• Crusader Kings III Available Now!

    The realm rejoices as Paradox Interactive announces the launch of Crusader Kings III, the latest entry in the publisher’s grand strategy role-playing game franchise. Advisors may now jockey for positions of influence and adversaries should save their schemes for another day, because on this day Crusader Kings III can be purchased on Steam, the Paradox Store, and other major online retailers.


    Real Strategy Requires Cunning

unmerged(5822)

Moved on
Sep 20, 2001
7.672
0
Making the pirates a country owning anything is not desirable. It is a can of worms and should not be opened.
 

unmerged(1047)

Commander, US Pacific Fleet
Feb 21, 2001
5.167
1
The Caribbean islands in question (as pirate havens) were the Cayman Islands (not on our map) and most of the nominally "English" islands (the Bahamas, Antigua, and Jamaica are the classics). They were well known as pirate's havens, as the local (English) colonial governments were either unwilling or unable to stop the pirates, and thus the pirates used these as bases to prey upon other parts of the region.

Madagascar, in later years, was also known as a similar haven, as were the inland sounds on the North Carolina coast. I'm not familiar too much with Asian history, but I would not be surprised to learn that Taiwan played a similar role. NONE of these areas was ever actually governed by pirates, though - they were colonies of countries unable or unwilling to prevent the pirates from using them as bases.

In fact, it was quite common to wage economic warfare by licensing pirates; the deal was that the "licensed" pirates would not prey on their licensing country or its allies. These later came to be called "privateers", and were used as late as the early 1800s (including by the United States). The licenses were known as Letters of Marque and Reprisal, and I believe the USA Constitution specifically grants the USA government the power to issue them. (I know some were issued, but I'm not entirely sure it's in the Constitution.)

In game terms, however, representing the pirates as a country is a BAD idea. This would most likely prevent them from attacking except when at war, which (if fixed via events, etc.) would cause intense war exhaustion problems for EVERYONE, not just the pirates. This doesn't even get into issues like being able to eliminate piracy by conquering them, etc.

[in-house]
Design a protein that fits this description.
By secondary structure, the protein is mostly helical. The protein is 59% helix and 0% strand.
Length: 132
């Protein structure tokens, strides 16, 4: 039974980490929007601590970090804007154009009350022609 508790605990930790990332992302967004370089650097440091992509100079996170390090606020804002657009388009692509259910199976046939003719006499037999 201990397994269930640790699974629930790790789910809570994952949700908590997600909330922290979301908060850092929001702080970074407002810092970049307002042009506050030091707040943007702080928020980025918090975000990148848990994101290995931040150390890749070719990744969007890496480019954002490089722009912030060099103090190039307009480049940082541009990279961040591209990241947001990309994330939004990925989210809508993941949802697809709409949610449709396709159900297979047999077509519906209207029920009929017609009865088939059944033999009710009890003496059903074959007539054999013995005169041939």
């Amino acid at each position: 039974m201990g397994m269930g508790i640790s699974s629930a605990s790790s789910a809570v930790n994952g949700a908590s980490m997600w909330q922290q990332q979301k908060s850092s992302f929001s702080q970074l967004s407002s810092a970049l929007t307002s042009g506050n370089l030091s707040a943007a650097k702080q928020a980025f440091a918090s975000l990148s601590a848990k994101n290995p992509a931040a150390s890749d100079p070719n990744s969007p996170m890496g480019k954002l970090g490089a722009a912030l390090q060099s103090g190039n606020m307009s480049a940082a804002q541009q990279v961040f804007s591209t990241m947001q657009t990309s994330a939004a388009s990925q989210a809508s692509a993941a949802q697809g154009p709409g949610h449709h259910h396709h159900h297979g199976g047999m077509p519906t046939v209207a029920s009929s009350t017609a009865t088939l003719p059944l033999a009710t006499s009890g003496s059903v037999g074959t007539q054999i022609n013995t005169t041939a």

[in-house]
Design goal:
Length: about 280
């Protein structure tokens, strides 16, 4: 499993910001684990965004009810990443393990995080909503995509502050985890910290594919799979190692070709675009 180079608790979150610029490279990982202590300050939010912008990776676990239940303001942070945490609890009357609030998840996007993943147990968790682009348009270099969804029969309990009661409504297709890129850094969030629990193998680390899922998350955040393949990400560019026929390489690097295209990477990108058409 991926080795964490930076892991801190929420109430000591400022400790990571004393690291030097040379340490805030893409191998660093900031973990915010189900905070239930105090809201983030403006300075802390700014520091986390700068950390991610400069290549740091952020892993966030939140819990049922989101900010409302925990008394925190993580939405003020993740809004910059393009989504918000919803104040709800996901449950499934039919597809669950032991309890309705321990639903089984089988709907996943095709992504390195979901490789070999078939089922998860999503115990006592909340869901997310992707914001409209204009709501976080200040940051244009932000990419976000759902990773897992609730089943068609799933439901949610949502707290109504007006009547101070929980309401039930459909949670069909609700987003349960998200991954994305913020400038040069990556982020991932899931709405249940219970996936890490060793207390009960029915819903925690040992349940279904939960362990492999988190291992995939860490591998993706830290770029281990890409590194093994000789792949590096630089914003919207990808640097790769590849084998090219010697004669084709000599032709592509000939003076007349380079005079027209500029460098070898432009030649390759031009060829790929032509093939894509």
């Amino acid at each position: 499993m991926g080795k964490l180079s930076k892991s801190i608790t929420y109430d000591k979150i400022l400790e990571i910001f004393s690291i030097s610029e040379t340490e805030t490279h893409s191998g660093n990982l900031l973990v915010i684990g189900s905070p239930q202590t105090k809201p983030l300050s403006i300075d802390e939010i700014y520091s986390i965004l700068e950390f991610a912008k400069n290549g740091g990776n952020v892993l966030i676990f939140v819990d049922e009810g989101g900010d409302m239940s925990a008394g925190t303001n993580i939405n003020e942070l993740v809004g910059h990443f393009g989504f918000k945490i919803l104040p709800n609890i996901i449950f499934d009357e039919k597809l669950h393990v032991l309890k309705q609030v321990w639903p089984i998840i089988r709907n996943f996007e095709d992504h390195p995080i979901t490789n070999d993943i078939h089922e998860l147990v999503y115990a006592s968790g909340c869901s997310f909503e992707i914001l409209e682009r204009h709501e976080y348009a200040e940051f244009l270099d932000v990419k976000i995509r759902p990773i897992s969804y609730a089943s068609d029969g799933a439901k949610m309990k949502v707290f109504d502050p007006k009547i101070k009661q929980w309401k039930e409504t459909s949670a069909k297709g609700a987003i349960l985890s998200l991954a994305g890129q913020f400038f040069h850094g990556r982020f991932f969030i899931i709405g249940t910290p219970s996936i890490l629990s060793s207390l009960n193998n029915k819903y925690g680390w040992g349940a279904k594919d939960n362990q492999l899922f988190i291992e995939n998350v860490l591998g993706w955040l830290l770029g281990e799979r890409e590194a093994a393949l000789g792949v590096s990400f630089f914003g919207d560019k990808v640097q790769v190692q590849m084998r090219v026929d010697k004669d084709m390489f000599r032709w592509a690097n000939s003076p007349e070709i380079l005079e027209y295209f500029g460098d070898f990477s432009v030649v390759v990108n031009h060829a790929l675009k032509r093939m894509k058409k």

unmerged(25409)

Recruit
Feb 4, 2004
2
0
www.drudgereport.com
Sheridan said:
The licenses were known as Letters of Marque and Reprisal, and I believe the USA Constitution specifically grants the USA government the power to issue them.
Yep! They're in there! In fact, thats what many libertarians want to use as their casus belli in attacking specific terrorists orgs instead of invading certain countries and occupying them. :rolls eyes:

Port Royal in Jamaica was the mecca for pirates in the western hemisphere until was burned down sometime in the late 1600's. While I am not for the pirates having their own land, I think there should be "buccaneers" (read: land pirates) that prey on trading posts, colonies, and unfortified cities. They take over and a window should pop up with option A being a bribe for them to go away and option B would be to ignore them, wherein which the pirates temporarily "put up shop" until the home country sends forces to kill them.
 

GeneralSnoopy

Captain
Jan 28, 2004
322
9
Pirates & Fortifications

You can't. Pirates won't pop up if the neighbouring landzones are sufficiently fortified...

How sufficient is sufficient? I thought pirates were prevented by having a ship in the sea zone.

When I played my last game as Portugal, pirates were a minor factor. The biggest problem was my Explorers would run into them, and maybe lose a ship or two. Considering, the historical legends that have arisen around pirates, pirates should have a greater impact then they do now. As Portugal patroling the sea zones took a significant amount of naval power, but I am a naval superpower I have ships to waste. In time of war I would need to take these ships off of patrol duty to engage the other navies, but Pirates never took advantage of this situation.

The Confederate States of America also used privateers in their one and only war with the USA (1861-1865).